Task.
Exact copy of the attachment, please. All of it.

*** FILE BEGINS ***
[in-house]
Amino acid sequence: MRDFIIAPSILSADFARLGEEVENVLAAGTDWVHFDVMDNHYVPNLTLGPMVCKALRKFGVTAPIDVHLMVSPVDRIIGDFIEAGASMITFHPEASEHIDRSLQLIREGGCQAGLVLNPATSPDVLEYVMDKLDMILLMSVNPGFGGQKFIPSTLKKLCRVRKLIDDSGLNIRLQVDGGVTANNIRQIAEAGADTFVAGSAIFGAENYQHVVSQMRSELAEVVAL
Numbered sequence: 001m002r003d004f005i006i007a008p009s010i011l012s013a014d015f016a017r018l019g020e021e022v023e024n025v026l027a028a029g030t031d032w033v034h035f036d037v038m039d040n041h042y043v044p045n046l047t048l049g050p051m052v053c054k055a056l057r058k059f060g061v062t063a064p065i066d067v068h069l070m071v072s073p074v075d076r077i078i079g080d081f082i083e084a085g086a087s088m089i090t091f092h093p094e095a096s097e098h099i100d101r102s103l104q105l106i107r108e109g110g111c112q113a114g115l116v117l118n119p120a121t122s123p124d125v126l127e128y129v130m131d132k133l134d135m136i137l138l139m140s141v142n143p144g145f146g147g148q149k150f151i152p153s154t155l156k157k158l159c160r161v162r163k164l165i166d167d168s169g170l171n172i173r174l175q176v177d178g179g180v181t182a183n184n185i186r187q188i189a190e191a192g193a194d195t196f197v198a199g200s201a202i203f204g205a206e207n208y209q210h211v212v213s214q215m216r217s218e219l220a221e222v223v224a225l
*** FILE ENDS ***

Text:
[in-house]
Amino acid sequence: MRDFIIAPSILSADFARLGEEVENVLAAGTDWVHFDVMDNHYVPNLTLGPMVCKALRKFGVTAPIDVHLMVSPVDRIIGDFIEAGASMITFHPEASEHIDRSLQLIREGGCQAGLVLNPATSPDVLEYVMDKLDMILLMSVNPGFGGQKFIPSTLKKLCRVRKLIDDSGLNIRLQVDGGVTANNIRQIAEAGADTFVAGSAIFGAENYQHVVSQMRSELAEVVAL
Numbered sequence: 001m002r003d004f005i006i007a008p009s010i011l012s013a014d015f016a017r018l019g020e021e022v023e024n025v026l027a028a029g030t031d032w033v034h035f036d037v038m039d040n041h042y043v044p045n046l047t048l049g050p051m052v053c054k055a056l057r058k059f060g061v062t063a064p065i066d067v068h069l070m071v072s073p074v075d076r077i078i079g080d081f082i083e084a085g086a087s088m089i090t091f092h093p094e095a096s097e098h099i100d101r102s103l104q105l106i107r108e109g110g111c112q113a114g115l116v117l118n119p120a121t122s123p124d125v126l127e128y129v130m131d132k133l134d135m136i137l138l139m140s141v142n143p144g145f146g147g148q149k150f151i152p153s154t155l156k157k158l159c160r161v162r163k164l165i166d167d168s169g170l171n172i173r174l175q176v177d178g179g180v181t182a183n184n185i186r187q188i189a190e191a192g193a194d195t196f197v198a199g200s201a202i203f204g205a206e207n208y209q210h211v212v213s214q215m216r217s218e219l220a221e222v223v224a225l